Health minister Aneurin Bevan knew the scale of need, but saw excess too. “I shudder to think,” he wrote in 1949, “of the ceaseless cascade of medicine which is pouring down British throats at the present time. I wish I could believe that its efficacy was equal to the credulity with which it is swallowed.” The Treasury swiftly demanded the introduction of prescription charges, and began its own campaign to rein in medical spending.

Such disputes highlighted the most sensitive issue in British health care: rationing. In theory, the NHS provided for limitless care based solely on clinical need. In practice, various forms of rationing, some more overt than others, have always applied. Deciding who received which medicine became a fascinating battleground between government, doctors, patients and pharmaceutical companies.

Development of new medicines and treatments added to the pressures. Antibiotics, pioneered in the 1940s, were publicised as a miraculous new cure. Their increased use for more trivial conditions was driven not only by medical enthusiasm but also by impatient patients. Minor illnesses, it was assumed, were no longer something you simply had to endure until nature made it better. In mental health, too, the move since the late 1950s from confining patients in asylums to ‘care in the community’ was, Dr Gorsky points out, accompanied by a more extensive use of drugs.

So the NHS bill for expenditure on medicines rose relentlessly, aided by pharmaceutical companies’ skill in marketing products and influencing the medical profession. Companies insisted that their profits were essential to fund research on new medicines and sustain an industry providing Britain with skilled scientific jobs.

Governments tried from time to time to reduce the cost. In the 1950s ministers held talks with the industry over ‘fair’ levels of profit; in the 1960s restrictions were placed on promotional spending. And in the 1980s, a list of cheaper generic products was announced, to be substituted in NHS provision for more expensive branded drugs.

Underlying all this was an attempt to decide where the NHS’s limited resources were best spent, seeking what Gorsky calls “a scientific method of assessing cost-effectiveness”. The National Institute for Health and Clinical Excellence (NICE) was created with the task of measuring what treatments deliver in terms of effects on a patient’s life.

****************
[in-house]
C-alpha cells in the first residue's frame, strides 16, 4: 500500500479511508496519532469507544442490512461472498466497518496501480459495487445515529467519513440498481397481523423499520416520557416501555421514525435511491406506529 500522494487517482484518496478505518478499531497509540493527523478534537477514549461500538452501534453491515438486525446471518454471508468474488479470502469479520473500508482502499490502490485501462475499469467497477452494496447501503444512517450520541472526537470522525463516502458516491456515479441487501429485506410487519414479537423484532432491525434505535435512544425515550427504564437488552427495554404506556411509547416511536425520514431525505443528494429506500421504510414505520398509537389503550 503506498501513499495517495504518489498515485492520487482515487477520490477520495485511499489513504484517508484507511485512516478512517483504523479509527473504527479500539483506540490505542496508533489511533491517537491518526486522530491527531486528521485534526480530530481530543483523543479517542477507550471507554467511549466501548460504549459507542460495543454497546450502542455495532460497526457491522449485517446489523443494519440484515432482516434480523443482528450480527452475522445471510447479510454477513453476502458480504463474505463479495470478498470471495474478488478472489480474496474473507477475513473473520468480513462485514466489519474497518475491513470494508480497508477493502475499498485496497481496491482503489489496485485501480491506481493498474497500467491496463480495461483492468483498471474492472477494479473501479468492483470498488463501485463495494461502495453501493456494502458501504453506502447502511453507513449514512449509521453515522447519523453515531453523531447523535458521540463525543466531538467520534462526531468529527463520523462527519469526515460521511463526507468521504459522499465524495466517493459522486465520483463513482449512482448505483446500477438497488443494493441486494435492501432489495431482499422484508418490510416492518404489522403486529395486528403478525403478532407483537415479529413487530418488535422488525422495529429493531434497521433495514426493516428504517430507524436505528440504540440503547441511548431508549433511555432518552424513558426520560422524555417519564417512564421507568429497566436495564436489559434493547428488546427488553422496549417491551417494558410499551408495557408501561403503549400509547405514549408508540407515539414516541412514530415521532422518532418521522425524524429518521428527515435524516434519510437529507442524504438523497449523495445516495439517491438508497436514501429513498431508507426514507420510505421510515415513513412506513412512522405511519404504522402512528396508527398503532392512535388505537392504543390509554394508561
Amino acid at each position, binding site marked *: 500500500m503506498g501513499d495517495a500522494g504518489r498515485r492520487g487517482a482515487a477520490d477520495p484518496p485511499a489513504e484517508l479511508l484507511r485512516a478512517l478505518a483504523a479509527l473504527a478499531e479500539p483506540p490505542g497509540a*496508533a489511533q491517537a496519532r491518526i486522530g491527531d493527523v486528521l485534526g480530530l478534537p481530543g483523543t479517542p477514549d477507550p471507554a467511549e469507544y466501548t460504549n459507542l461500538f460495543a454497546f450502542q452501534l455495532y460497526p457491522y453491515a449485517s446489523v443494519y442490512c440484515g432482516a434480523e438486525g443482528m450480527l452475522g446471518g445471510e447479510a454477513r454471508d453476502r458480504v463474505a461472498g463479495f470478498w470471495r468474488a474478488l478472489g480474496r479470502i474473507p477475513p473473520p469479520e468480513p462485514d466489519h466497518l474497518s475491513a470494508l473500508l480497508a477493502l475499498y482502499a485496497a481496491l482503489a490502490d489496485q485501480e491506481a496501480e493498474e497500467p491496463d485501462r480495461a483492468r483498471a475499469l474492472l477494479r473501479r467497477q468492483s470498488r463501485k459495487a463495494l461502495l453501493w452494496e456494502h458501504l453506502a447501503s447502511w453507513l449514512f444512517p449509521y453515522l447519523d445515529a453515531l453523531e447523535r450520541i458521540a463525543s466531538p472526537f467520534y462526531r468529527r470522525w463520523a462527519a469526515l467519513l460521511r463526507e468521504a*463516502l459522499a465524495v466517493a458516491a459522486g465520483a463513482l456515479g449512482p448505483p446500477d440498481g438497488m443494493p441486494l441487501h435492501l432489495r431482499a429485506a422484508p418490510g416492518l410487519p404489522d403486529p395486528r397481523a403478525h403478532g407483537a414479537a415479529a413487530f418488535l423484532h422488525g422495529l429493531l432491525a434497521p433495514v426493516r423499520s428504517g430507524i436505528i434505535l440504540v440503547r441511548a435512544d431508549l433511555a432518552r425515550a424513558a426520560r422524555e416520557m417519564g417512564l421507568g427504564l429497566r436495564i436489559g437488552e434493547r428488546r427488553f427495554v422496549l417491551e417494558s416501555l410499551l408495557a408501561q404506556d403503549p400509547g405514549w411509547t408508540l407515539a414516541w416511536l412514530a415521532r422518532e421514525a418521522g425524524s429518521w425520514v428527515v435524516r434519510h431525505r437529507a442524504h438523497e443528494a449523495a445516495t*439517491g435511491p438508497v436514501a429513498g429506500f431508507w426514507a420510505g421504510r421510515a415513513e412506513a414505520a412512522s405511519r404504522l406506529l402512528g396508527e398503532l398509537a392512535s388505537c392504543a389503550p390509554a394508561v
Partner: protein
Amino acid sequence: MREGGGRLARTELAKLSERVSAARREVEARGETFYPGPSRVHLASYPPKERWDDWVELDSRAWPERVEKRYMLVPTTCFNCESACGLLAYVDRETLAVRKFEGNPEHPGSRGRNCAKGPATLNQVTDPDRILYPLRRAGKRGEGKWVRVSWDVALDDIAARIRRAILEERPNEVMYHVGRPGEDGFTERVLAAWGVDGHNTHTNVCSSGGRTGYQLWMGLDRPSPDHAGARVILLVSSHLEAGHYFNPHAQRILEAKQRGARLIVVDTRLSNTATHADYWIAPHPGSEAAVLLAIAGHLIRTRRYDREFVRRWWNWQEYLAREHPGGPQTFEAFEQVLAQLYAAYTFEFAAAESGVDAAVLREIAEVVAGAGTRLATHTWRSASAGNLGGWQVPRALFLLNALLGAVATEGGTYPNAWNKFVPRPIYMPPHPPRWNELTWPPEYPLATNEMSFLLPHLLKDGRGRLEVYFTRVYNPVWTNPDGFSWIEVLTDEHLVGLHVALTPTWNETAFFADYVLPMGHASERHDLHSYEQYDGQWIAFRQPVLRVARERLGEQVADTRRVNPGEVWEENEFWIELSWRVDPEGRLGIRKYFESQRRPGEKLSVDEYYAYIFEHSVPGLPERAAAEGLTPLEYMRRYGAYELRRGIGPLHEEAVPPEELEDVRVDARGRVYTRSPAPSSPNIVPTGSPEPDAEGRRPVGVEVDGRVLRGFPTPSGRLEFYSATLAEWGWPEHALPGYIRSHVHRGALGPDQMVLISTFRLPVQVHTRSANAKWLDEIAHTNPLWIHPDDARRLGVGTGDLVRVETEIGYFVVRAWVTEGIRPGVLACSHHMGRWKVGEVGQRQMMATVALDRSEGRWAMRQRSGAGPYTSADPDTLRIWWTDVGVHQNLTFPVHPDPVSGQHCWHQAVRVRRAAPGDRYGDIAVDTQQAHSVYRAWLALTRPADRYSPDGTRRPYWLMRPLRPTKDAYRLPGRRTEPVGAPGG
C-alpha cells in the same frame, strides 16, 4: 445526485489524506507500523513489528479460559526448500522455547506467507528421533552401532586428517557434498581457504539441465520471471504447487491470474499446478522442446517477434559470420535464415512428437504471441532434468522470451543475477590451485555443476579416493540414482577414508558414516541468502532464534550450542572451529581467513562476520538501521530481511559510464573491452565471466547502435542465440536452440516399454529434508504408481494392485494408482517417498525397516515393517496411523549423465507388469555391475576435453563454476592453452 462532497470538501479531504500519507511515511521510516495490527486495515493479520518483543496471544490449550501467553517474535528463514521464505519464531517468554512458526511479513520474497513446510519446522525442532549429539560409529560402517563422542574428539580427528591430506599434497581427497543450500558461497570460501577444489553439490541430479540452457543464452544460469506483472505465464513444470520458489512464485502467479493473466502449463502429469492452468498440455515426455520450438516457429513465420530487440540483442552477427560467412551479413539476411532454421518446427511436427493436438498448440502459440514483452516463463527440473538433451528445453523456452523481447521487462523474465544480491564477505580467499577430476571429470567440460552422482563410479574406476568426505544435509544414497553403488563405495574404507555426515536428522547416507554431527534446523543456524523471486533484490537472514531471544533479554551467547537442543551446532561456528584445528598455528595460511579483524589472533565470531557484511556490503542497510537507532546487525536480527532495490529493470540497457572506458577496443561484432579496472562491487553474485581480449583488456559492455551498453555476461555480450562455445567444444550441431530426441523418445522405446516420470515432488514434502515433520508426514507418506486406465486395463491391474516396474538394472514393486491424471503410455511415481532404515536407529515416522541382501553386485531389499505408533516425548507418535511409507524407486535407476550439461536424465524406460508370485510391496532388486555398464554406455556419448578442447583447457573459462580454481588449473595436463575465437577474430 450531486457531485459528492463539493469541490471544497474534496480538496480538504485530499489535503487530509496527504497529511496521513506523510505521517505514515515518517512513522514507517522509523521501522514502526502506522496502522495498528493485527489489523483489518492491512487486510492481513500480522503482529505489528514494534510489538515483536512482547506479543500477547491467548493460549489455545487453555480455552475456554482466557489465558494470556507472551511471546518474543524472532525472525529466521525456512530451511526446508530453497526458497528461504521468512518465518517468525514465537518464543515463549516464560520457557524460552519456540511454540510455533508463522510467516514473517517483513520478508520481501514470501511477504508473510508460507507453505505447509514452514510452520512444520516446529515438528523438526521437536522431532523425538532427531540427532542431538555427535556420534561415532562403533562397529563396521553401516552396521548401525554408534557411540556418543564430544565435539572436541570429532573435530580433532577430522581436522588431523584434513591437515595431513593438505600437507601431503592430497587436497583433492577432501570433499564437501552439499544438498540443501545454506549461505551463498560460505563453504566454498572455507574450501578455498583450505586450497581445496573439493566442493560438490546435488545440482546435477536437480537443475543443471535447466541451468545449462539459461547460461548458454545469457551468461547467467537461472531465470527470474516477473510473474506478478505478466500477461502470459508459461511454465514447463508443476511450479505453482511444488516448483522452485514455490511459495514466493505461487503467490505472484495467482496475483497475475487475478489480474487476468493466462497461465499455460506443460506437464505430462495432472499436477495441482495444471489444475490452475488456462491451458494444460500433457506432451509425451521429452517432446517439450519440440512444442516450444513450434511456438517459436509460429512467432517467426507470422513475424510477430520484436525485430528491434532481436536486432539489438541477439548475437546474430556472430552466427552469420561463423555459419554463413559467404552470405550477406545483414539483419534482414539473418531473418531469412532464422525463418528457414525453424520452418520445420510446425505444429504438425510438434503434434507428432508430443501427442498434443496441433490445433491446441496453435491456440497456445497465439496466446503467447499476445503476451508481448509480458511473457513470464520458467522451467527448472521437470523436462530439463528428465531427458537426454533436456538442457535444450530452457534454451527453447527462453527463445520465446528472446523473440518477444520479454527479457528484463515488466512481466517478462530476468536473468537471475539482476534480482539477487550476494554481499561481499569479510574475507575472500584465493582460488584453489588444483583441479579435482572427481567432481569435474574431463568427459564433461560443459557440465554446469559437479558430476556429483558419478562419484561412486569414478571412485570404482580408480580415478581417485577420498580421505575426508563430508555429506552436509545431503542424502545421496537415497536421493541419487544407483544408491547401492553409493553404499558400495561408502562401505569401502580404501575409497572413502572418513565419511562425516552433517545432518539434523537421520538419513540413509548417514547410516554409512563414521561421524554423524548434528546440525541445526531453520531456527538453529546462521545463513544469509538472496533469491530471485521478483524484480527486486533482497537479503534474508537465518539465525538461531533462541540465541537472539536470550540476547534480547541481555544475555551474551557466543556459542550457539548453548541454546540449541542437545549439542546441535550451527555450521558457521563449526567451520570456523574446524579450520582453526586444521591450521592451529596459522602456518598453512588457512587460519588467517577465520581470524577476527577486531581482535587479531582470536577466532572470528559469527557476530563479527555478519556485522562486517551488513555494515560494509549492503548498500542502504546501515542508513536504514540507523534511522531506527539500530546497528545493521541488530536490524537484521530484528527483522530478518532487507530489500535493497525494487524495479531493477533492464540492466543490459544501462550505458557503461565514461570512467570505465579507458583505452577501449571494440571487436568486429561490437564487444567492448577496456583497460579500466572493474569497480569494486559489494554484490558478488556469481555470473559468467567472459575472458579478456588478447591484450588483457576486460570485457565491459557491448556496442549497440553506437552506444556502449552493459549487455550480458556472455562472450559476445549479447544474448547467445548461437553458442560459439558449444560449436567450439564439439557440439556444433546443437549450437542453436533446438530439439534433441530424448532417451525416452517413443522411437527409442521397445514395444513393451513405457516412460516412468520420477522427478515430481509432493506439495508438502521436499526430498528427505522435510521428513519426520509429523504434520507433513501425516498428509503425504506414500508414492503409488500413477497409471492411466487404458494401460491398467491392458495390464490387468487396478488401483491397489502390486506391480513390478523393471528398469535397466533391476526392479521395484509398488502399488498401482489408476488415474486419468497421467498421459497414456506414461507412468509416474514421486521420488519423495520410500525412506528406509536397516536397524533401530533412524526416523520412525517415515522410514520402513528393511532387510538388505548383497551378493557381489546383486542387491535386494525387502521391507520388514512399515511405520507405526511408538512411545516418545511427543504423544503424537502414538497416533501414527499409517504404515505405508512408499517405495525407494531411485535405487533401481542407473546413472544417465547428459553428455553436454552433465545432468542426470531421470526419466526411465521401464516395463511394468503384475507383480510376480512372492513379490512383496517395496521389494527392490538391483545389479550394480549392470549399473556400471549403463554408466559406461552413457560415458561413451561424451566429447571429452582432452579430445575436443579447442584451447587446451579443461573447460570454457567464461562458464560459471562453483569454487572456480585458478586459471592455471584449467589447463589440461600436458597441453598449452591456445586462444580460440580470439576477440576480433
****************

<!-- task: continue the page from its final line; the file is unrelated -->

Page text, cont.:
This has introduced a new element into the debate but has hardly silenced the clamour. Doctors resist what they see as interference with their clinical judgement. The media avidly covers claims that patients are denied crucial new treatments. And the pharmaceutical industry protests that its future will be undermined if the NHS spends too little on its products.

So the challenge of health service spending remains. Despite cherished beliefs that care is free and unlimited for all, resources are, in the end, limited. “One person’s hip replacement can mean the loss of someone’s palliative care,” as Gorsky says. That kind of trade-off may not always be so visible. But the pills we are – or are not – prescribed make brutally clear what, for all its promises, the NHS can really provide.

Chris Bowlby is a presenter on BBC radio, specialising in history. This series is produced with History & Policy. You can find out more about them and read their papers at www.historyandpolicy.org

Lord Darzi calls for overt rationing. We can’t afford what we are doing – but which politician will do anything about it? Stop ‘pointless’ cancer care for dying, says former minister…

Cancer patients denied drug – restriction, prioritisation or rationing?

The good news this week – is usually too expensive. But there is hope on depression, and exchanging drugs for therapy.

Deserts based rationing again: NHS watchdog to put young people first for new medicines. Today’s Talking Point for The Times community team

Talk about understatement. “…there is growing evidence of the rationing of care”.

English Regional Health Service (RHS) rationing: cancer patients will be denied life-extending drugs

Rational Rationing in Pharmaceuticals, Cancer, Health in general, and other areas.. is off the agenda

The Overt Rationing News – just for the last few days

Cancer diagnosis and treatment dilemmas. All could be addressed by overt rationing.. Pretending we can solve with short term plans is denial, and an insult to our intelligence.

Deserts Based Rationing: The Government appears to support it

Rationing in the recent news. Obscene denial of the truth by politicians…There’s a painful list of conditions we are no longer treating on the NHS

Physiotherapy can transform the NHS and lives of older adults

Schizophrenia: Talking therapies ‘effective as drugs’

 

 

 

 

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This entry was posted in A Personal View, Patient representatives, Rationing, Stories in the Media on by .

About Roger Burns - retired GP

I am a retired GP and medical educator. I have supported patient participation throughout my career, and my practice, St Thomas; Surgery, has had a longstanding and active Patient Participation Group (PPG). I support the idea of Community Health Councils, although I feel they should be funded at arms length from government. I have taught GP trainees for 30 years, and been a Programme Director for GP training in Pembrokeshire 20 years. I served on the Pembrokeshire LHG and LHB for a total of 10 years. I completed an MBA in 1996, and I along with most others, never had an exit interview from any job in the NHS! I completed an MBA in 1996, and was a runner up for the Adam Smith prize for economy and efficiency in government in that year. This was owing to a suggestion (St Thomas' Mutual) that practices had incentives for saving by being allowed to buy rationed out services in the following year.